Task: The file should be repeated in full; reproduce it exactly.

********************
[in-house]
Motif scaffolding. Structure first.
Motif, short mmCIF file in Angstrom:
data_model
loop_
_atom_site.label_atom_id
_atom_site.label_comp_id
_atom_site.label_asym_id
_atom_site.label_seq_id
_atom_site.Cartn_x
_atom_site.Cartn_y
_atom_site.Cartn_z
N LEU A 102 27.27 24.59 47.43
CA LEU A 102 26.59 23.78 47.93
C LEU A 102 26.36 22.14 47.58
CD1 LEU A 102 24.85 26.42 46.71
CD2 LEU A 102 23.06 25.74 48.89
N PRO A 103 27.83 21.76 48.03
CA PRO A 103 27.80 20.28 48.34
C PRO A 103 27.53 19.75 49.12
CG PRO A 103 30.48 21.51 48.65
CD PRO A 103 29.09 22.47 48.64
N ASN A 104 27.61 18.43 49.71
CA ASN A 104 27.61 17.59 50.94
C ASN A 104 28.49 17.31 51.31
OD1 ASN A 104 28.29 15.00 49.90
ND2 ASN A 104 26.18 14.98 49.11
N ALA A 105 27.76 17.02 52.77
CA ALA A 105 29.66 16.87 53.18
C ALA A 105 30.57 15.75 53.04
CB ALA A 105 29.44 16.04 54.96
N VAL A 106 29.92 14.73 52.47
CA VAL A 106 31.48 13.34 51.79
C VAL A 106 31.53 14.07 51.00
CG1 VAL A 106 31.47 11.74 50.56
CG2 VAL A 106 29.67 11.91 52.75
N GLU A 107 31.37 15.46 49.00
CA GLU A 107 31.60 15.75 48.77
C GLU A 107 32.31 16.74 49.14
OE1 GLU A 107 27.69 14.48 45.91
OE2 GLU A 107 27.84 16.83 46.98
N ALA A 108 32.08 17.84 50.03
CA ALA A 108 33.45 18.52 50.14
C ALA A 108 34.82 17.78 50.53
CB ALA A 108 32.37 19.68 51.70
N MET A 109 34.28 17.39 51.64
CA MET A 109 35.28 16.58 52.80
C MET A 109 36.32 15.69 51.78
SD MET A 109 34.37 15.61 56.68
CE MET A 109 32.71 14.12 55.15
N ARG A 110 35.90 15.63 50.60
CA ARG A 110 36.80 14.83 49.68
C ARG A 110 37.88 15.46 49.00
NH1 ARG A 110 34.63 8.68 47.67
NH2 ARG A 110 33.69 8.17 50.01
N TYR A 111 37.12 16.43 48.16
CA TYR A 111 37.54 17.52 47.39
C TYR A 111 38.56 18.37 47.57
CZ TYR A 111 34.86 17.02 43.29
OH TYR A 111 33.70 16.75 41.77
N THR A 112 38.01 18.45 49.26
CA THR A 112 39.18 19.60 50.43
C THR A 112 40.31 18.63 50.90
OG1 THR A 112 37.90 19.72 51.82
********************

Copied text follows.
[in-house]
Motif scaffolding. Structure first.
Motif, short mmCIF file in Angstrom:
data_model
loop_
_atom_site.label_atom_id
_atom_site.label_comp_id
_atom_site.label_asym_id
_atom_site.label_seq_id
_atom_site.Cartn_x
_atom_site.Cartn_y
_atom_site.Cartn_z
N LEU A 102 27.27 24.59 47.43
CA LEU A 102 26.59 23.78 47.93
C LEU A 102 26.36 22.14 47.58
CD1 LEU A 102 24.85 26.42 46.71
CD2 LEU A 102 23.06 25.74 48.89
N PRO A 103 27.83 21.76 48.03
CA PRO A 103 27.80 20.28 48.34
C PRO A 103 27.53 19.75 49.12
CG PRO A 103 30.48 21.51 48.65
CD PRO A 103 29.09 22.47 48.64
N ASN A 104 27.61 18.43 49.71
CA ASN A 104 27.61 17.59 50.94
C ASN A 104 28.49 17.31 51.31
OD1 ASN A 104 28.29 15.00 49.90
ND2 ASN A 104 26.18 14.98 49.11
N ALA A 105 27.76 17.02 52.77
CA ALA A 105 29.66 16.87 53.18
C ALA A 105 30.57 15.75 53.04
CB ALA A 105 29.44 16.04 54.96
N VAL A 106 29.92 14.73 52.47
CA VAL A 106 31.48 13.34 51.79
C VAL A 106 31.53 14.07 51.00
CG1 VAL A 106 31.47 11.74 50.56
CG2 VAL A 106 29.67 11.91 52.75
N GLU A 107 31.37 15.46 49.00
CA GLU A 107 31.60 15.75 48.77
C GLU A 107 32.31 16.74 49.14
OE1 GLU A 107 27.69 14.48 45.91
OE2 GLU A 107 27.84 16.83 46.98
N ALA A 108 32.08 17.84 50.03
CA ALA A 108 33.45 18.52 50.14
C ALA A 108 34.82 17.78 50.53
CB ALA A 108 32.37 19.68 51.70
N MET A 109 34.28 17.39 51.64
CA MET A 109 35.28 16.58 52.80
C MET A 109 36.32 15.69 51.78
SD MET A 109 34.37 15.61 56.68
CE MET A 109 32.71 14.12 55.15
N ARG A 110 35.90 15.63 50.60
CA ARG A 110 36.80 14.83 49.68
C ARG A 110 37.88 15.46 49.00
NH1 ARG A 110 34.63 8.68 47.67
NH2 ARG A 110 33.69 8.17 50.01
N TYR A 111 37.12 16.43 48.16
CA TYR A 111 37.54 17.52 47.39
C TYR A 111 38.56 18.37 47.57
CZ TYR A 111 34.86 17.02 43.29
OH TYR A 111 33.70 16.75 41.77
N THR A 112 38.01 18.45 49.26
CA THR A 112 39.18 19.60 50.43
C THR A 112 40.31 18.63 50.90
OG1 THR A 112 37.90 19.72 51.82